This reinforces my habit of inspecting the boiler no less then every other day. The owner should contact the boiler manufacterer and scream bloody murder.

Bob

Not a lot left on that table.

@ January 31, 2011 8:35 AM in Uneven Main Venting

Your running at about 96.4% of the rated firing rate, when they come to service the boiler ask them to see if they can crank up the gas pressure a bit; just don't expect a significant change.

Rather than replace the original gauge just add another one on the pigtail. Go to  http://www.gaugestore.com/prodinfo.asp?number=33020 to see the generic low pressure gauge a lot of us use. Pipe it like the picture but add a 1/4" union between the pigtail and the T if you can, it will make dis-assembly for cleaning a lot easier.

Bob

More venting

@ January 30, 2011 5:28 PM in main venting -- 2 mains that are uneven lengths -- and producing uneven heat

The 2-1/4" OD is 2" pipe.

I would assume you need about 1 Gorton #2 for each 40 ft so it looks like you need one Gorton #2 where the Dole 4A is and one more Gorton #2 added to the existing Gorton (total of 2 for that main).

You want to get the air out of the mains very fast and then vent the radiators relatively slowly. The radiators want to be vented by their size in general,m faster venting for larger radiators. Hoffman !A's and Ventrite #1's are nice because they are adjustable over at least a 4:1 range at 2oz of pressure.

Bob

The right contractor is most important

@ January 30, 2011 3:59 PM in Boiler size advice for confused homeowner

Always consider that the quality of your installer trumps the choice of boiler. A well installed boiler will be efficient, quiet, and long lasting.

Bob

Hot pipe

@ January 30, 2011 11:32 AM in Uneven Main Venting

If that capped pipe is hot to the end you may well have a steam leak in that pipe.

Bob

Slope and radiator venting

@ January 30, 2011 8:11 AM in Uneven Main Venting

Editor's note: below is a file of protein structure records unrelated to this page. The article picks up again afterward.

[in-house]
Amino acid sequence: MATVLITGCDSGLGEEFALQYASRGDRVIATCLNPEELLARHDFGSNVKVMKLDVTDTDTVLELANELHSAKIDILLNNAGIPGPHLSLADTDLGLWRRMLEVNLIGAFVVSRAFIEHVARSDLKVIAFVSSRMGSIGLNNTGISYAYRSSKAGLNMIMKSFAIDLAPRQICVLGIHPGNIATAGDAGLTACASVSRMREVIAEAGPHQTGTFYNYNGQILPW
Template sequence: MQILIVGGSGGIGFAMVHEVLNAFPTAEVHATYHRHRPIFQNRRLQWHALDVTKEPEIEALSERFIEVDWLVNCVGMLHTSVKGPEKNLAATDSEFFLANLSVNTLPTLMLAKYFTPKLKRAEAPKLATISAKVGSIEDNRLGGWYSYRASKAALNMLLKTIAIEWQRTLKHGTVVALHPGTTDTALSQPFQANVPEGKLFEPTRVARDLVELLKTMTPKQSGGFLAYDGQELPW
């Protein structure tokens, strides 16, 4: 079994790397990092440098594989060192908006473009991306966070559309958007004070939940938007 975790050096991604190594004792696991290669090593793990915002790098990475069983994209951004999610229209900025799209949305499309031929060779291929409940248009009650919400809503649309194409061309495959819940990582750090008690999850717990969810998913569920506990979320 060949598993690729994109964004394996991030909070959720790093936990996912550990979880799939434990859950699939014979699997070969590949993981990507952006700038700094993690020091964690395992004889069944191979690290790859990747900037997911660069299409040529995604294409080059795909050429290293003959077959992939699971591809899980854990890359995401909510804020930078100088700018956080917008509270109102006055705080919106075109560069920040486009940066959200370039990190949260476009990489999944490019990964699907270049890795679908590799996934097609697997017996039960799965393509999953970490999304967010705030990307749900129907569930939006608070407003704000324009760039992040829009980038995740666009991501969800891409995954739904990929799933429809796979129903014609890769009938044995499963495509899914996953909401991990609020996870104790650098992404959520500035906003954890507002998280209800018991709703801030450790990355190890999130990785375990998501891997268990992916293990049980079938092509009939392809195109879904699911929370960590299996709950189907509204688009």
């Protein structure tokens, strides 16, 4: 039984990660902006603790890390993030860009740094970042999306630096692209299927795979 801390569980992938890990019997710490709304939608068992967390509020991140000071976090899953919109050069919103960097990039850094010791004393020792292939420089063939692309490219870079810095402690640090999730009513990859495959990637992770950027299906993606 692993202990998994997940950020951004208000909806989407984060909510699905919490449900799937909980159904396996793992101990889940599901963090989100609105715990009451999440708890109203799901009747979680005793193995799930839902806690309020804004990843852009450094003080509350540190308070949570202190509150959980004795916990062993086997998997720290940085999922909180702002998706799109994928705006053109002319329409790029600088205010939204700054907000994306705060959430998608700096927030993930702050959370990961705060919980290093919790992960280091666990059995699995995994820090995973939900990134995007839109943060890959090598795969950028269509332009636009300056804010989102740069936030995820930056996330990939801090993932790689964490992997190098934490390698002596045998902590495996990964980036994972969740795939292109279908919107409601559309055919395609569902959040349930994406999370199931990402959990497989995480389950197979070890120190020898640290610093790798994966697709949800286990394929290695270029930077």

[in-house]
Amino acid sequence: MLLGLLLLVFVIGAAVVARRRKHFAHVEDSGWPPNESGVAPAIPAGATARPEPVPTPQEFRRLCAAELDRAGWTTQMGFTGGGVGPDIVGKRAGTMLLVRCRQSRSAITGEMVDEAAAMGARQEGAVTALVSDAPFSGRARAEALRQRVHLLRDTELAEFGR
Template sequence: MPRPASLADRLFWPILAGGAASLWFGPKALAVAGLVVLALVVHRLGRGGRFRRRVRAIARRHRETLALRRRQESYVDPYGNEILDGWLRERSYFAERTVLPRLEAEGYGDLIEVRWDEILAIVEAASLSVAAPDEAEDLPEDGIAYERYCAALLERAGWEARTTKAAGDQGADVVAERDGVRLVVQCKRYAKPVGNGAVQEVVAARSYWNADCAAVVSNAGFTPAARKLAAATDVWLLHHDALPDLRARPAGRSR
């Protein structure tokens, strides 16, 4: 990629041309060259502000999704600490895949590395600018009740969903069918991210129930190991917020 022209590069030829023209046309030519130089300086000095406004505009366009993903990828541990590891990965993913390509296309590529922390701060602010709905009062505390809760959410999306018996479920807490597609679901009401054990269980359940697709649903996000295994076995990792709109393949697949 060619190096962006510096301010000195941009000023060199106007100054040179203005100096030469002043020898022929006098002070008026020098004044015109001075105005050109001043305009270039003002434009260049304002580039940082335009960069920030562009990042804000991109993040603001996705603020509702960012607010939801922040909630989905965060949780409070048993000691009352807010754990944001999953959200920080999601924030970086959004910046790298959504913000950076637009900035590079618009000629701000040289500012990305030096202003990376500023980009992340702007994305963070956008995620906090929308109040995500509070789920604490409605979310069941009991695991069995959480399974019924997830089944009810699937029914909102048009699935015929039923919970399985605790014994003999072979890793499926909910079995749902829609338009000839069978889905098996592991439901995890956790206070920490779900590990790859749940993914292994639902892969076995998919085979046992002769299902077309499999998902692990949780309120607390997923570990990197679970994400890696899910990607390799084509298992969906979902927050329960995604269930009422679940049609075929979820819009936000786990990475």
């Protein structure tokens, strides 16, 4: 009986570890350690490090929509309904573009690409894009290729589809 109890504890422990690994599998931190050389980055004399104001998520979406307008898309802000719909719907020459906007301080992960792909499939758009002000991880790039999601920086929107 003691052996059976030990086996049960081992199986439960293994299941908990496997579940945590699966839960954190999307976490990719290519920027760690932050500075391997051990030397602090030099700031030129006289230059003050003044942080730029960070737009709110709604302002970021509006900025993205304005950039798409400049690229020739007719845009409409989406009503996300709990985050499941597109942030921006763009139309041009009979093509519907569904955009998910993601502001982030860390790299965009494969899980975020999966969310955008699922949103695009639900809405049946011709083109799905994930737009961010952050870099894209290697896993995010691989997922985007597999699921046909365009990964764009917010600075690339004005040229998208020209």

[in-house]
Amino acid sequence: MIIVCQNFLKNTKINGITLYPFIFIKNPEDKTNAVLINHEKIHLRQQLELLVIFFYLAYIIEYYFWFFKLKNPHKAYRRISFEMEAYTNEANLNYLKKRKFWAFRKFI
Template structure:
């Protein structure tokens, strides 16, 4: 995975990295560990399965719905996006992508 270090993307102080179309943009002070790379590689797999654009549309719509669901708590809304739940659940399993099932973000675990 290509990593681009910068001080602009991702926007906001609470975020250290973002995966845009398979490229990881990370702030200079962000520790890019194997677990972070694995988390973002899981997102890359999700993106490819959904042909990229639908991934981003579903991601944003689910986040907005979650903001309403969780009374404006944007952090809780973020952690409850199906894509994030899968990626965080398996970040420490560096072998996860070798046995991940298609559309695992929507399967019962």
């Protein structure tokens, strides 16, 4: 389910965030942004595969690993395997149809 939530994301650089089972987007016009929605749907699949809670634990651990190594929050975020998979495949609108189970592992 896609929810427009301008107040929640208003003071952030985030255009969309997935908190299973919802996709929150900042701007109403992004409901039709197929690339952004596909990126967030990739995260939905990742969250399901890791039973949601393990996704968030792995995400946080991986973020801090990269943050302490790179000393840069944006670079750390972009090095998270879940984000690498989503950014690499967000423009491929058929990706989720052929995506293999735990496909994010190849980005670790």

Jeff,

Check the slope of the slow heating main to be sure it all has the correct slope so you don't have any pooling water, The slope rate of both mains should be about the same.

What kind of vents are you using on the radiators? You may be venting the radiators on that first main too fast. Can you slow the venting down on the radiator near the thermostat so the boiler runs longer?

Also the check the slope of the antler you have the gortons on to be sure you have positive slope back to the boiler.

Do you see any signs (drops of water above the water in the gauge glass) of wet steam?

How long does the boiler fire to satisfy the thermostat and how high does the pressure get before it shuts down?

Bob

Post some pics on Strictly Steam

@ January 29, 2011 11:59 AM in Upgrade Steam Boiler

i agree with all the points that nbc made and would add that the gas company often gives with one hand and takes away with the other.

Why don't you start a post on the "Strictly Steam" area, with pictures of the system, so the pro's can advise you about what should be done before you install a new boiler. take shots of the boiler that show all the controls as well as the piping that comes and goes from the boiler, include some shots of the steam mains that show the main air vents. Also tell us about any issues the system has now and if the water gauge shows dirty or jumping water.